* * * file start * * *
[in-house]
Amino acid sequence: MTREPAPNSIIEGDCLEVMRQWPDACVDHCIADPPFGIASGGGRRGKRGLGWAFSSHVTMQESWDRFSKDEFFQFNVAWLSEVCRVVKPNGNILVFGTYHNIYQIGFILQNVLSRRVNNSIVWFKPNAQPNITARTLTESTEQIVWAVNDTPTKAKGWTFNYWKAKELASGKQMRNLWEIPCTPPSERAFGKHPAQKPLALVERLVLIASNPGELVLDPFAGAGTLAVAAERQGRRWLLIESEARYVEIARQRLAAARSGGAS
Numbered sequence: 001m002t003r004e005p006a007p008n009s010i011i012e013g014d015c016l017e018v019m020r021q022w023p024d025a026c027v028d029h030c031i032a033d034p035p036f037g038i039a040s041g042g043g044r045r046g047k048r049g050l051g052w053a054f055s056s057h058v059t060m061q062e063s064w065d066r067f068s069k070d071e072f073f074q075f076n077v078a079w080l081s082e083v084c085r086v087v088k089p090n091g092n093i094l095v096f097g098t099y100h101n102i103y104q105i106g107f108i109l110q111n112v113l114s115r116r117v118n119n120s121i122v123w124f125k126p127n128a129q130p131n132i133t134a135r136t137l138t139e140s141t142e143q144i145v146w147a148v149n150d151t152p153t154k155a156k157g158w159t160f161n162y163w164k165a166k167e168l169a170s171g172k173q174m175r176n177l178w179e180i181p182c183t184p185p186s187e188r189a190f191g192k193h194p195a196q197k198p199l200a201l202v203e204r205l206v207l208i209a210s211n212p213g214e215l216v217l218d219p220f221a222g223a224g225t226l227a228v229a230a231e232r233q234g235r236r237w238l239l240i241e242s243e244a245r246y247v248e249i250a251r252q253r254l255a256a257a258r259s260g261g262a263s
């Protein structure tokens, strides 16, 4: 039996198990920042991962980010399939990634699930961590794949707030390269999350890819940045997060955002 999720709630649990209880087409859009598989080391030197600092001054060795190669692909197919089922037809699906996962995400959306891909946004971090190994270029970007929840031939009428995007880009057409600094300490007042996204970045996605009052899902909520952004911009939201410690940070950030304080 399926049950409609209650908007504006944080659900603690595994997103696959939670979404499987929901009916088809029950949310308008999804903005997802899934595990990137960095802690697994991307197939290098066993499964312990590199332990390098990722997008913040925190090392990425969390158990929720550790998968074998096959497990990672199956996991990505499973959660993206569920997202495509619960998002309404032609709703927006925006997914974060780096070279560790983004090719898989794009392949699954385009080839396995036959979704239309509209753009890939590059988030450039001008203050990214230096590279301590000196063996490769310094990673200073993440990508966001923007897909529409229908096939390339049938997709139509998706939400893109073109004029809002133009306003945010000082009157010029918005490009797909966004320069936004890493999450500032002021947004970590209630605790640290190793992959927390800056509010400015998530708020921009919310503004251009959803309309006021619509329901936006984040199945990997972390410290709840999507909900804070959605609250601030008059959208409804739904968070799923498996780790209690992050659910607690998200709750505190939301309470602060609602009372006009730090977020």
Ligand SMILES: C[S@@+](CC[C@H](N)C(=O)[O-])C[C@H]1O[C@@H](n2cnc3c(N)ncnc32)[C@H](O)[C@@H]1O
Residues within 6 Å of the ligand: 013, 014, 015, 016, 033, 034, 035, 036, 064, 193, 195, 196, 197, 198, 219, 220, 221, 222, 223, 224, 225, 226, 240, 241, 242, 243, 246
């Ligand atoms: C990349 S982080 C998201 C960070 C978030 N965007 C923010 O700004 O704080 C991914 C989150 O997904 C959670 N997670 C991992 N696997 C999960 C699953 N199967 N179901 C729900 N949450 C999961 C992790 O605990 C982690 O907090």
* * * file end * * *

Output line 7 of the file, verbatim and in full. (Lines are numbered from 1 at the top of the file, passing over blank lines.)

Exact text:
């Ligand atoms: C990349 S982080 C998201 C960070 C978030 N965007 C923010 O700004 O704080 C991914 C989150 O997904 C959670 N997670 C991992 N696997 C999960 C699953 N199967 N179901 C729900 N949450 C999961 C992790 O605990 C982690 O907090």